The Senate voted 64 to 32 Tuesday to advance legislation to provide $52 billion to the domestic semiconductor industry, $81 billion to the National Science Foundation and a 25 percent investment tax credit for semiconductor manufacturing.
The vote brings the semiconductor bill closer to the finish line after more than a year of negotiations.
The Senate passed the first version of the legislation in June of last year, but it stalled after House Democrats objected to several of its provisions, and conference negotiations between the two chambers had bogged down in recent weeks.
Senate Majority Leader Charles Schumer (D-N.Y.) saved the bill by dropping several provisions objected to by the House, including a package of trade provisions negotiated by Senate Finance Committee Chairman Ron Wyden (D-Ore.) and Sen. Mike Crapo (R-Idaho) last year.
Senate Republicans insisted on including the package of Miscellaneous Tariff Bill and the Generalized System of Preferences in the original version of the bill that passed last year.
“It’s a major step for our economic security, our national security, our supply chains and, in fact, for America’s future, for America’s future,” Schumer said on the Senate floor before the vote.
“I’m confident that future generations will look back on the passage of this chips and science bill as a turning point for American leadership in the 21st century,” he said.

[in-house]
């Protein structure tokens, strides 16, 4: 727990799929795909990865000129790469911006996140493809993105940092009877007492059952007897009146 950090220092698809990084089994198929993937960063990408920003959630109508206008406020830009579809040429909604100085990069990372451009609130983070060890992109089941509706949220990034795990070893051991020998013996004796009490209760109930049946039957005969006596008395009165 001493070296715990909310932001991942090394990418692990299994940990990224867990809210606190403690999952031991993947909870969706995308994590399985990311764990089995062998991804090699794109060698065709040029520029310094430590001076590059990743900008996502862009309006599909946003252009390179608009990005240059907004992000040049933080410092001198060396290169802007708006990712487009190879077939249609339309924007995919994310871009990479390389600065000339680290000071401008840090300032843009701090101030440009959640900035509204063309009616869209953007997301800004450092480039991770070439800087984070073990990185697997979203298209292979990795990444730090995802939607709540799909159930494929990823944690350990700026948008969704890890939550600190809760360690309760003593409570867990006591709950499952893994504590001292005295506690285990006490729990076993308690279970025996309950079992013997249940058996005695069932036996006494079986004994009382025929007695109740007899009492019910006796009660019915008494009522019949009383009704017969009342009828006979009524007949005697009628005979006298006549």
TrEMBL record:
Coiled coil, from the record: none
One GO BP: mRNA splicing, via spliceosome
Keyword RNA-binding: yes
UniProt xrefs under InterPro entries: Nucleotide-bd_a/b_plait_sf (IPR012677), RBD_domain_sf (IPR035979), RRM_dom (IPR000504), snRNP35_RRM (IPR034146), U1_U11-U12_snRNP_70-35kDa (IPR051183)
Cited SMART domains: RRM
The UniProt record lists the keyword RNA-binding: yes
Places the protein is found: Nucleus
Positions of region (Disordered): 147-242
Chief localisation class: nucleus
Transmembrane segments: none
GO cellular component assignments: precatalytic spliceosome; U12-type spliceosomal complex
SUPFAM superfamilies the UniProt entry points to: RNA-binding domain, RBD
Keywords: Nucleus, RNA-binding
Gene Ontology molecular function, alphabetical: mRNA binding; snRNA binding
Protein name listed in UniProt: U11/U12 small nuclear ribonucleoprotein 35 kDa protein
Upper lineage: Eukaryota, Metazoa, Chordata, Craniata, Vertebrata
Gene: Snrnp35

Sen. Sherrod Brown (D-Ohio) praised the legislation as a boon to his state and said it would help revive American high-tech manufacturing.
“A big reason for the inflation we see today is decades of offshoring our supply chains. We need to bring that production back home,” he said. “That’s what this bill is all about, investing more in America, making more in America.”
The legislation would provide $20 billion for a National Science Foundation tech directorate, $10 billion for the National Institute of Standards and Technology and authorize several NASA programs, such as the Artemis Moon-to-Mars Exploration Campaign, maintenance of the International Space Station through 2030 and support for NASA science priorities.
It would provide $50 billion over 5 years for a CHIPS for America Fund, $11 billion over 5 years for Commerce Department research and development and workforce development programs.